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Affymetrix Posts Q3 Revenue Gains; Eyes Genotyping, Diagnostics Growth

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Affymetrix last week reported steady gains in revenue and a sharp increase in net income for its third quarter.

The Santa Clara, Calif.-based firm reported third-quarter revenue of $79.9 million, a 4.9 percent increase over revenue of $76.2 million in the third quarter of 2003.

Although it fell short of analysts’ expectations of third-quarter revenue of $86.8 million, Affymetrix noted that product orders during the quarter exceeded product revenue by $9 million. More than $4 million of this amount is from array and reagent orders that did not match the firm’s inventory for those products and are expected to ship early in the fourth quarter.

Greg Schiffman, Affymetrix’s chief financial officer, noted in a conference call following the release of the financial results that GeneChip array revenue, which totaled $37.5 million in the quarter, would have been 20 percent higher compared with third-quarter 2003 GeneChip array revenue of $34.3 million if the firm had been able to ship all ordered products on time.

Although its instrument revenue declined to $16.4 million from $18.1 million in the comparable period last year, the firm sold 49 GeneChip instruments during the quarter compared to 44 sold in the third quarter of 2003. In addition, the company’s installed base of GeneChip platforms grew to more than 1,120 — an increase of more than 200 systems from the end of the third quarter last year.

“Royalties and other revenue were $2.7 million in the quarter, roughly $1 million favorable to prior guidance, as a result of signing a new licensing agreement,” Schiffman also noted in the conference call.

In addition, the firm’s product and product-related gross margin was 74.5 percent, compared to its gross margin of 65.3 percent in the third quarter of 2003 and better than the 71 percent gross margin Affymetrix had forecasted.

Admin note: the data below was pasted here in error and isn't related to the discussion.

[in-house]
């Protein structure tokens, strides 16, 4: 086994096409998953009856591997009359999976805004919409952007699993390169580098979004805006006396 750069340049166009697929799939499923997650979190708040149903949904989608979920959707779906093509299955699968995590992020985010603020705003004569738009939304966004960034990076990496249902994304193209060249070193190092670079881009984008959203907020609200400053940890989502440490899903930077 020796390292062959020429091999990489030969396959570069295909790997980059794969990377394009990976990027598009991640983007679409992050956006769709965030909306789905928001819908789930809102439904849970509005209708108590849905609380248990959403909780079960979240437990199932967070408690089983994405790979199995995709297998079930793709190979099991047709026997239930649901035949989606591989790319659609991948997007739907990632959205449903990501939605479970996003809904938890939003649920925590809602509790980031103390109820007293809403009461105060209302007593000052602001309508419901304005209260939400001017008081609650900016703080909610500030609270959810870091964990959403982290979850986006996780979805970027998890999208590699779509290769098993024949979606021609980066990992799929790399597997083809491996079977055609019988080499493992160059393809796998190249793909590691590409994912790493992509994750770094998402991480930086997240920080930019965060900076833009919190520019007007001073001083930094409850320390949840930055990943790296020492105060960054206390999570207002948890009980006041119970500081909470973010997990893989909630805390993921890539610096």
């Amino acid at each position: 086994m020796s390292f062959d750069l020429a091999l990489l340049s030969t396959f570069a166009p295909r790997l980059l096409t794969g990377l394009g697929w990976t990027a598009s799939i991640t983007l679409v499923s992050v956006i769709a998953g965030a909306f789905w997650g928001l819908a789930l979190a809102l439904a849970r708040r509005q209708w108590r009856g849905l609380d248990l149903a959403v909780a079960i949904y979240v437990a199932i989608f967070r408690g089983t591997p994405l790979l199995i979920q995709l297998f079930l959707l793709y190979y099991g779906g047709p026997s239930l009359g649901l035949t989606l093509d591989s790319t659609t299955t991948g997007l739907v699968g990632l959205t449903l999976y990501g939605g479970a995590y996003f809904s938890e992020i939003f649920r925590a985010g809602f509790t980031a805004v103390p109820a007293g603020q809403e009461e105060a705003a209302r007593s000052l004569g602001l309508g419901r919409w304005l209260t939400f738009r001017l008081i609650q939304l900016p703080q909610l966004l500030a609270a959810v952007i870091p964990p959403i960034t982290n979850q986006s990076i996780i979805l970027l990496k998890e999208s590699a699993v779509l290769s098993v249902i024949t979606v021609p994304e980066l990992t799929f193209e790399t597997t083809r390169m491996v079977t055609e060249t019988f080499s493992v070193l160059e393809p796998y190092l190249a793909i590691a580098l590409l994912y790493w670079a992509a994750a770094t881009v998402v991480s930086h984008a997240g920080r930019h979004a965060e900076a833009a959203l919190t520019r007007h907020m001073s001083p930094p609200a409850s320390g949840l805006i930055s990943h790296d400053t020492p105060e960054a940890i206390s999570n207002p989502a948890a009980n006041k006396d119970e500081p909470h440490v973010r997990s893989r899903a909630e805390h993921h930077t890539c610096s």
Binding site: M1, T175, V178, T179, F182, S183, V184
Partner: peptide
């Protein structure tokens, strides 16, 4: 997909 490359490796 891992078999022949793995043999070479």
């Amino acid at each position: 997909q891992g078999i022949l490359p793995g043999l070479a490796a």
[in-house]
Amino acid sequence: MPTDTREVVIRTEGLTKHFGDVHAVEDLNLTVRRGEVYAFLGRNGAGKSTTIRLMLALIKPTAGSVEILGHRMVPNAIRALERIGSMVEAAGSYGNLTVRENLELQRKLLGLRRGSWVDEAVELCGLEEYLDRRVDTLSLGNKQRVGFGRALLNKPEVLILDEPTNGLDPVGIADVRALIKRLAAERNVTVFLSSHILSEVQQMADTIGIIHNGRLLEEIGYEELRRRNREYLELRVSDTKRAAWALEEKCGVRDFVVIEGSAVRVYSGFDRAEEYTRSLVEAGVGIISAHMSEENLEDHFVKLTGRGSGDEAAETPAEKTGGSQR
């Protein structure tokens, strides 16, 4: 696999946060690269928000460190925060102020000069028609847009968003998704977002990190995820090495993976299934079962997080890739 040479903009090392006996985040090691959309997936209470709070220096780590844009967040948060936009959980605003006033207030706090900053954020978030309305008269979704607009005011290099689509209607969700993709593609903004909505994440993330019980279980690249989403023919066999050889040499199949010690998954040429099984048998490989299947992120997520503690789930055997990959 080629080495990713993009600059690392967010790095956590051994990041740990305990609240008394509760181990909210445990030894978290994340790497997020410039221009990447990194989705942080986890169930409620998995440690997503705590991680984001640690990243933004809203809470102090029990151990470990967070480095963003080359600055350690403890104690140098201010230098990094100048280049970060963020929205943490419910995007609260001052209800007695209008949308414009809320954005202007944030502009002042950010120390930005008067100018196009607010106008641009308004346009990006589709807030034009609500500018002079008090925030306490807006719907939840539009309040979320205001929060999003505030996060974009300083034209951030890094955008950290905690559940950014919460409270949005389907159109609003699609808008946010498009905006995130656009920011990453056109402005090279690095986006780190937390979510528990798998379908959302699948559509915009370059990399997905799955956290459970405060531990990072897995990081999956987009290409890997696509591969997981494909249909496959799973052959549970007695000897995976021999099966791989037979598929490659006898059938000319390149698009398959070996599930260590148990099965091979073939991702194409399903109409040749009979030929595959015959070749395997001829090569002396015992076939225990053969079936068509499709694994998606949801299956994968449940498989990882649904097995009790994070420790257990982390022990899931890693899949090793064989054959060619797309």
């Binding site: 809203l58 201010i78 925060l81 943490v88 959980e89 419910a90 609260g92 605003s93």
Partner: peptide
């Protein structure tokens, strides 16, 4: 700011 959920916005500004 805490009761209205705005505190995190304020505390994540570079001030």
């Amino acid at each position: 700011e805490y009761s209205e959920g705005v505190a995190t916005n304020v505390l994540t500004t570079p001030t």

The company maintained its previous guidance of product and product-related revenue of $330 million to $335 million for full-year 2004.

Affymetrix reported net income of $15.4 million, or $.25 per share, for the quarter, a sharp increase over its 2003 third-quarter earnings of $5.8 million, or $.10 per share, and handily beating analysts’ expectations of $.19 per share for the quarter. The firm raised its guidance for earnings per share from $.60 to $.70 for full-year 2004.

Genotyping, Molecular Diagnostics in Focus

Despite its position as the clear dominant player in the gene expression space, company officials spent the majority of the firm’s conference call discussing its progress in the genotyping space and potential diagnostic uses for its microarray technology.

“Sales of our 10K and 100K mapping arrays have been increasing steadily, and customers are expressing tremendous interest in, and are already placing orders for, our new 500K mapping array set, which will launch early next year,” Stephen Fodor, chairman and CEO of Affymetrix, said during the conference call.